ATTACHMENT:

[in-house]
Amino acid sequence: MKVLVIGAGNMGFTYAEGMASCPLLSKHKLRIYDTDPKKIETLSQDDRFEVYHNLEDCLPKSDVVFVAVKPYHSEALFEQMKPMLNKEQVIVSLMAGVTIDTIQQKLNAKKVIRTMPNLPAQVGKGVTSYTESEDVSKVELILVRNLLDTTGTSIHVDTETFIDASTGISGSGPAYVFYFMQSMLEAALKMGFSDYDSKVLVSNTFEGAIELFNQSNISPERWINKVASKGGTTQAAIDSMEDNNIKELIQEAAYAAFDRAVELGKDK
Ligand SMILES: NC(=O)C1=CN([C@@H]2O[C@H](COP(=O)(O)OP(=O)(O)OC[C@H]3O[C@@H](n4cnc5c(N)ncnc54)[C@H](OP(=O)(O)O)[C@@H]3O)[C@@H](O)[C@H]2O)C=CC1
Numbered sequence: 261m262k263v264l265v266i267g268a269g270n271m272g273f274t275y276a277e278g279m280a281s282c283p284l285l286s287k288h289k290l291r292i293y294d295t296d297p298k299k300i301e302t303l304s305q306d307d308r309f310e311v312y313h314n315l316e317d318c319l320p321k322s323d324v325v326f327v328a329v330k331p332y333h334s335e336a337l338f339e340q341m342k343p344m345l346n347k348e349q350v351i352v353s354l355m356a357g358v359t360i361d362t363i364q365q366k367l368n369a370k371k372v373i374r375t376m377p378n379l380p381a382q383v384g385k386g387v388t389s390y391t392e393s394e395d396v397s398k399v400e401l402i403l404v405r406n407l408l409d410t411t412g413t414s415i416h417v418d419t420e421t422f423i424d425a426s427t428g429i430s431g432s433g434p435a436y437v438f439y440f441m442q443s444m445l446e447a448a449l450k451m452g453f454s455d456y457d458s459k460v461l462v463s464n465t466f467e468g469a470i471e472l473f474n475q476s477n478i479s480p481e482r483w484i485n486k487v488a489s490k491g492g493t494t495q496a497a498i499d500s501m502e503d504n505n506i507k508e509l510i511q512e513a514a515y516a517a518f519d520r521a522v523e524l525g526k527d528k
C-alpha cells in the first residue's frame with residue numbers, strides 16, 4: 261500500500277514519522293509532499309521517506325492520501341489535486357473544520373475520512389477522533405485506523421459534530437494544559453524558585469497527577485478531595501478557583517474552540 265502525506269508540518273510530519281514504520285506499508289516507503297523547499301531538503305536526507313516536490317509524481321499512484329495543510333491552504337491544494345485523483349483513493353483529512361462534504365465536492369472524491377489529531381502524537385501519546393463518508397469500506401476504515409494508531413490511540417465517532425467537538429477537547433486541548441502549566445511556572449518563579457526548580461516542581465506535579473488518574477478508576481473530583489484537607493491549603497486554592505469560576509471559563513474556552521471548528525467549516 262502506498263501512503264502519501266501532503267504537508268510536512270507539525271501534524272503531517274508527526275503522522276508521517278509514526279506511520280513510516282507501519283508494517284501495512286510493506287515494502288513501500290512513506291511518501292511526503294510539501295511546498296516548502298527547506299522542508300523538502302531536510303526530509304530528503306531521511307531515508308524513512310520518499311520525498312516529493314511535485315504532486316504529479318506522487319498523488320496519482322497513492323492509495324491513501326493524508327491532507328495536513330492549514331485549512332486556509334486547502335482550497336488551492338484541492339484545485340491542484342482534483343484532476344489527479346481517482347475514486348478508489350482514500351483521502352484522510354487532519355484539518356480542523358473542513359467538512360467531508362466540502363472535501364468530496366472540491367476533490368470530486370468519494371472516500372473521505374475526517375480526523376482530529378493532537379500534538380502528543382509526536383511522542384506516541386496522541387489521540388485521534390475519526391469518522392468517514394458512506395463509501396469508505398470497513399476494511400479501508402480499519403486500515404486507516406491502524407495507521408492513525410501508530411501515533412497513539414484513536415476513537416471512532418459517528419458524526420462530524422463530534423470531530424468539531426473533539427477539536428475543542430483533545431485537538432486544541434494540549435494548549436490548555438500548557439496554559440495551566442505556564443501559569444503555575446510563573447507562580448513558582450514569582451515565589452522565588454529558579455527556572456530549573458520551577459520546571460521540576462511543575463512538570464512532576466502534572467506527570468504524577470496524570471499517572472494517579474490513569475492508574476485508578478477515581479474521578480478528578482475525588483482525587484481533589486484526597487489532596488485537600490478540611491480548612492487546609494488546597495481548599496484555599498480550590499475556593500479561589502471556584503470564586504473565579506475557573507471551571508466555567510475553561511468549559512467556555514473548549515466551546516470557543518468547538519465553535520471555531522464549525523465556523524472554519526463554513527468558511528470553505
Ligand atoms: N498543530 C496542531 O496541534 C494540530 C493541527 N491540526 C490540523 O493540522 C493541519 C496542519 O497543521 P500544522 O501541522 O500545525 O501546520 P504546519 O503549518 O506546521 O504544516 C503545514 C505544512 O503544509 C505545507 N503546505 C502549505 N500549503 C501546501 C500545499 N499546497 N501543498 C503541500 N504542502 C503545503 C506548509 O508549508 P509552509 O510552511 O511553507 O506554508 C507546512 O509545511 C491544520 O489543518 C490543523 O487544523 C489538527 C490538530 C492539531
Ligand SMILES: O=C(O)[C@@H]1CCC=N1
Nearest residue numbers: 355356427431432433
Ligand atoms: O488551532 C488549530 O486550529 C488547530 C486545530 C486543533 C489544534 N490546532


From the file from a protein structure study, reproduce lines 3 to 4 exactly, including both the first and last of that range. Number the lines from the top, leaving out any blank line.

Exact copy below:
Ligand SMILES: NC(=O)C1=CN([C@@H]2O[C@H](COP(=O)(O)OP(=O)(O)OC[C@H]3O[C@@H](n4cnc5c(N)ncnc54)[C@H](OP(=O)(O)O)[C@@H]3O)[C@@H](O)[C@H]2O)C=CC1
Numbered sequence: 261m262k263v264l265v266i267g268a269g270n271m272g273f274t275y276a277e278g279m280a281s282c283p284l285l286s287k288h289k290l291r292i293y294d295t296d297p298k299k300i301e302t303l304s305q306d307d308r309f310e311v312y313h314n315l316e317d318c319l320p321k322s323d324v325v326f327v328a329v330k331p332y333h334s335e336a337l338f339e340q341m342k343p344m345l346n347k348e349q350v351i352v353s354l355m356a357g358v359t360i361d362t363i364q365q366k367l368n369a370k371k372v373i374r375t376m377p378n379l380p381a382q383v384g385k386g387v388t389s390y391t392e393s394e395d396v397s398k399v400e401l402i403l404v405r406n407l408l409d410t411t412g413t414s415i416h417v418d419t420e421t422f423i424d425a426s427t428g429i430s431g432s433g434p435a436y437v438f439y440f441m442q443s444m445l446e447a448a449l450k451m452g453f454s455d456y457d458s459k460v461l462v463s464n465t466f467e468g469a470i471e472l473f474n475q476s477n478i479s480p481e482r483w484i485n486k487v488a489s490k491g492g493t494t495q496a497a498i499d500s501m502e503d504n505n506i507k508e509l510i511q512e513a514a515y516a517a518f519d520r521a522v523e524l525g526k527d528k